By Matthew Hacke | Photographs from Victoria and Albert Museum, London, Sebastian Faena, Victor Virgile/

On the heels — literally! — of last year’s exquisite Killer Heels: The Art of the High-Heeled Shoe exhibit, the Frick is getting ready to unveil its latest fashion-forward showcase, Undressed: A History of Fashion in Underwear. We recently spoke with the Frick’s executive director, Robin Nicholson, and its chief curator, director of collections, Sarah Hall, about the new exhibition opening October 21.

Cotton and whalebone corset, c. 1890.

The Frick is the exclusive North American venue for the exhibit Undressed: A History of Fashion in Underwear. How did that come to be?

Robin Nicholson: In the museum and exhibitions worlds, a lot of what happens is down to personal contacts. I have worked with the V&A [Victoria and Albert Museum in London, where many of the 200+ pieces in the newest exhibit are on loan from] on several projects in the past. I was contacted soon after arriving at the Frick by the V&A’s head of exhibitions, Linda Lloyd Jones, to see if there was a project we could work on at the Frick. She let me know that the Undressed exhibition, which was not going to travel after the London exhibition, was now available to very limited international venues. We immediately said we would love to bring it to the Frick. The fragility of the objects limit the amount of time they can travel, so the current tour is London, then St. Petersburg, Russia, and finally Pittsburgh!

Sarah Hall: It’s very exciting! Personally, here at the Frick, we have a wonderful costume collection. Amongst the 2,000+ objects in our collection are beautiful examples of fine underthings — embroidered corset covers and camisoles, night gowns, boudoir caps, pantalets, petticoats, corsets, tea gowns — lovely things. So, we were looking for ways to highlight and connect to this aspect of our collection. Therefore, the V&A exhibition connects perfectly with our collection and the work we do. It provides a spectacular entry into the subject of the history of clothing. It’s a big, ambitious show, but also fun and irresistible.

Are there pieces that stood out to you in particular that we should be on the lookout for at the exhibit?

SH: It’s a cliché to say there’s something for everyone, but there truly is — from the opulent to the ordinary. You can see the handmade stays, a precursor to the corset, of a working woman from the 1760s, and a gorgeous lingerie-like couture gown by Elie Saab, worn to the 2011 Oscars by Mila Kunis. I will say that gown knocked my socks off when I saw it in person in London. It’s beautiful and photographs don’t do it justice. I remember thinking that I would go to an exhibition just to see that dress! I’m also a big fan of the designs of Elsa Schiaparelli, and there’s a wonderful 1930s evening dress by her included in the exhibition. In the slightly naughty vein, there’s a set of sleeves and briefs by Strumpet & Pink, and some of the early-20th-century bust bodices — precursors to the bra — which are just lovely, delicate, and beautifully trimmed.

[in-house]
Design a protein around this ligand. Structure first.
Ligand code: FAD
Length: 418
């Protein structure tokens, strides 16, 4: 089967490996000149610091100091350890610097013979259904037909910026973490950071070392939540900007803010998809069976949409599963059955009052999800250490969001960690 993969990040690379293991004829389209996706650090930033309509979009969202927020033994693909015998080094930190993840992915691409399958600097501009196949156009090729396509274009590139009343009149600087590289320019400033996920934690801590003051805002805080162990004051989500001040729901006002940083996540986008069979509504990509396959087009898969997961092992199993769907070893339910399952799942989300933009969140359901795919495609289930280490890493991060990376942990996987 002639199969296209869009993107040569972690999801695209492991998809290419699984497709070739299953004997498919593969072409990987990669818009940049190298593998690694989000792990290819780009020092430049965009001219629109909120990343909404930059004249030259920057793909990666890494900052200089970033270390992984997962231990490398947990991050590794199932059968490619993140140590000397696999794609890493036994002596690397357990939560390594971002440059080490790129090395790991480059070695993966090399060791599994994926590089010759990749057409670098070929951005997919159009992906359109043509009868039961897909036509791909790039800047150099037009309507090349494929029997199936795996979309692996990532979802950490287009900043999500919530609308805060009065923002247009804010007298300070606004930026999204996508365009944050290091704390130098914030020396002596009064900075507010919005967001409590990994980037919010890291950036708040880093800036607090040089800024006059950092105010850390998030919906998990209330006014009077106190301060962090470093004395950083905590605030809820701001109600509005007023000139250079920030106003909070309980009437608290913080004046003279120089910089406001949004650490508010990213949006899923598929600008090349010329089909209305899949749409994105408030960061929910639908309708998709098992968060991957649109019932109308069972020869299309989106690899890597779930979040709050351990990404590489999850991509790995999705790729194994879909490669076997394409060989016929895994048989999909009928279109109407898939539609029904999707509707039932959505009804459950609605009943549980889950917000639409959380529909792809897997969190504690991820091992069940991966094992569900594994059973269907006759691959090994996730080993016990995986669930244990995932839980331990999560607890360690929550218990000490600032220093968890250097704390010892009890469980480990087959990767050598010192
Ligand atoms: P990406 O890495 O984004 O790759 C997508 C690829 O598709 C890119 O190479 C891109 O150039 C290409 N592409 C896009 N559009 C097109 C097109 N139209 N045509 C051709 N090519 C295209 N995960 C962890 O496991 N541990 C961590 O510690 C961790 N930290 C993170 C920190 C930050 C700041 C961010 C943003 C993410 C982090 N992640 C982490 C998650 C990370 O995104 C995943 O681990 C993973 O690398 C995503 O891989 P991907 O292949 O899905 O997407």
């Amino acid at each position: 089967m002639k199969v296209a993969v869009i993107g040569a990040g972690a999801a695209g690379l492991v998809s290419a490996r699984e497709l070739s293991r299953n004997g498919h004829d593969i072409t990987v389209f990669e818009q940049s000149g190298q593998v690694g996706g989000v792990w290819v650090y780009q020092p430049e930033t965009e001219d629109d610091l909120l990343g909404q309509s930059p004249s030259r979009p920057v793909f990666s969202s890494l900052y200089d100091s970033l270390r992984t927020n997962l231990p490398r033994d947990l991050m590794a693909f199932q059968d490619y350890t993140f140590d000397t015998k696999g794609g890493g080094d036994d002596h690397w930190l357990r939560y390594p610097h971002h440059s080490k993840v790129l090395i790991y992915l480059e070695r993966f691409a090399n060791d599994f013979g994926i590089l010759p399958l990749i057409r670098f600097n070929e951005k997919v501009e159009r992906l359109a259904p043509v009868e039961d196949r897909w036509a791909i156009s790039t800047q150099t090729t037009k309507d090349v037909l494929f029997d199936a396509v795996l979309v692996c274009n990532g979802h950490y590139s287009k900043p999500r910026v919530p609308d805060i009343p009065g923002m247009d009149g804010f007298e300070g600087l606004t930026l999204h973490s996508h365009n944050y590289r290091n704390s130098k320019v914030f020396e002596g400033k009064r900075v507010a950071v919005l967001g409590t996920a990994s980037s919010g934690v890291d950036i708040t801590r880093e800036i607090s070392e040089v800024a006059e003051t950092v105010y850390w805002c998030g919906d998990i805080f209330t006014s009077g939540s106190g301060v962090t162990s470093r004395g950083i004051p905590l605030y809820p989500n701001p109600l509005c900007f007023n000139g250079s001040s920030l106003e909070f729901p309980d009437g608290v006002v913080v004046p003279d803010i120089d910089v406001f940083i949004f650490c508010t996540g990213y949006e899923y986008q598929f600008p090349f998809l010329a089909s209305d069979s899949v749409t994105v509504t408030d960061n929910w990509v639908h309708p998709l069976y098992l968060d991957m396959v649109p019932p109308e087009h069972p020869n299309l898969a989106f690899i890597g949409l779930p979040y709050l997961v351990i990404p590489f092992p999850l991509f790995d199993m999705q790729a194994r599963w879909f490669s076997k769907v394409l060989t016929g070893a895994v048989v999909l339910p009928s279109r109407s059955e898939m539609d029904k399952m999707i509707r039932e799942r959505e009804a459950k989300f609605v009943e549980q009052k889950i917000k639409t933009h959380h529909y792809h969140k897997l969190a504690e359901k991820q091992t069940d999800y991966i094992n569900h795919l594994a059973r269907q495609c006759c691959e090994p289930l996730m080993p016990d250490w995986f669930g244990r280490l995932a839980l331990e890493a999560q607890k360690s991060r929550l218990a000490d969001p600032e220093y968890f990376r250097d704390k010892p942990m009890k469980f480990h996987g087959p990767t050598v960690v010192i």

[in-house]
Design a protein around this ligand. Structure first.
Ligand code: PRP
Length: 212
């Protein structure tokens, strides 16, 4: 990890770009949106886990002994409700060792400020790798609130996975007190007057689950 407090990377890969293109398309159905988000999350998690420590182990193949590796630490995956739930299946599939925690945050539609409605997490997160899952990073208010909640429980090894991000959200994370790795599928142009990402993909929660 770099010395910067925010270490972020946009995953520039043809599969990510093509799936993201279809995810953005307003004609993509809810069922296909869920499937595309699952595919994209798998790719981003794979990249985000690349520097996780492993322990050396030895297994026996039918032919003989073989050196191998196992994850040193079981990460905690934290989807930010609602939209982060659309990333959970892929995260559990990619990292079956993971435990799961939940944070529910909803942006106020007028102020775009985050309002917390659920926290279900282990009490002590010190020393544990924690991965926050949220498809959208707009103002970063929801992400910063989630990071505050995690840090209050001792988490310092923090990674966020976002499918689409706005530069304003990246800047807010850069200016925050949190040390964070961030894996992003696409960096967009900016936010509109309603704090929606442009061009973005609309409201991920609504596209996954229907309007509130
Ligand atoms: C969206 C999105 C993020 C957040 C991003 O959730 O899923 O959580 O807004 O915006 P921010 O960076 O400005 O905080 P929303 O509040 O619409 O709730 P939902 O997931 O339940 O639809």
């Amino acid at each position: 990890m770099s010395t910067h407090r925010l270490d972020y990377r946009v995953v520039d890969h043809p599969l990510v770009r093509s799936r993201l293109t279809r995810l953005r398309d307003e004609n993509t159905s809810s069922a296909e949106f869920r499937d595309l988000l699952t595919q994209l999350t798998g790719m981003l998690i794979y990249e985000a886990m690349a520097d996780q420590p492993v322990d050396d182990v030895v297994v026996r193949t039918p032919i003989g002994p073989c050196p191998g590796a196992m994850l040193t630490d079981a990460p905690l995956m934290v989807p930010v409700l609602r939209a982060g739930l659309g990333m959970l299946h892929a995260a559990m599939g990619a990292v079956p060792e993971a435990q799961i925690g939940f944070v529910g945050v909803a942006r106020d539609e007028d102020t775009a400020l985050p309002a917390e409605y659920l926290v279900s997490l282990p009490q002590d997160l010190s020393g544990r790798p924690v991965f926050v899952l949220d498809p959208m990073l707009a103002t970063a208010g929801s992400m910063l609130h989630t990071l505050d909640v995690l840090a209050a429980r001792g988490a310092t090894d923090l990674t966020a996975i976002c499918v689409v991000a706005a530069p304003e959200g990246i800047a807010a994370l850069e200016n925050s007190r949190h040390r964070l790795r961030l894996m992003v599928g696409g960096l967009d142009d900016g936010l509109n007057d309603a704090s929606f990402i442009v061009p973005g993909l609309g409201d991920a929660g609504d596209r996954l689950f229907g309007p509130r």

What is a surprising or fun fact you learned about the evolution of underwear from working on this exhibit?

SH: Unisex underwear, which was a new concept to me, as well as the Playtex Rubber Girdle. I remember the ads for that on TV during my childhood; however I never reflected on the idea of actually encasing myself in a rubber girdle! It sounds incredibly uncomfortable and sweltering, but easy to wash apparently.

RN: My biggest takeaway is the profound impact synthetic fabrics had on underwear and thus, fashion as a whole.

From the Killer Heels exhibit last year, to the exhibit of famed Vogue fashion photographer — among other titles — Irving Penn that just ended, what has the draw and local reception been to featuring more fashion-centric exhibitions at the Frick?

RN: I often describe the Frick as being a museum of taste — taste in architecture, gardens, automobiles, collecting. The list goes on, but fashion is perhaps the most personal expression of taste, and so it is the perfect topic for the Frick to explore from many angles. When I moved here, I was told Pittsburgh was not a fashion-focused city, which is certainly not the case! There is a lively and active fashion community that has been very responsive to our programming

SH: The fashion programming is entirely purposeful and it’s been very gratifying to see the public response. We have a really supportive fashion community here in Pittsburgh, yet the exhibitions also have broad appeal and bring new audiences to the Frick, and provide something new to our existing audience.

The Frick Art Museum, 7227 Reynolds St., Point Breeze. 412.371.0600.

“This dress plays with the idea of structure,” says Hall of this Dolce & Gabbana Wicker Dress from its Spring/Summer 2013 Collection.

Cage crinoline, the “Princess Louise Jupon Patent,” by S.B. Garrard, c. 1871. “This would shape the wearer’s gown to the fashionable silhouette of the time,” says Hall.

Display figure and advertising card for Jockey Y-front pants, c. 1950s.

Thursday, October 19

Undressed: A History of Fashion in Underwear Opening Gala
The Frick Art Museum,

Why We’re Going:

  • The dress code is “Corsets to Couture” — need were say more?
  • Champagne on the museum terrace, fabulous food and drinks, music, dancing, and a private preview of the exhibit
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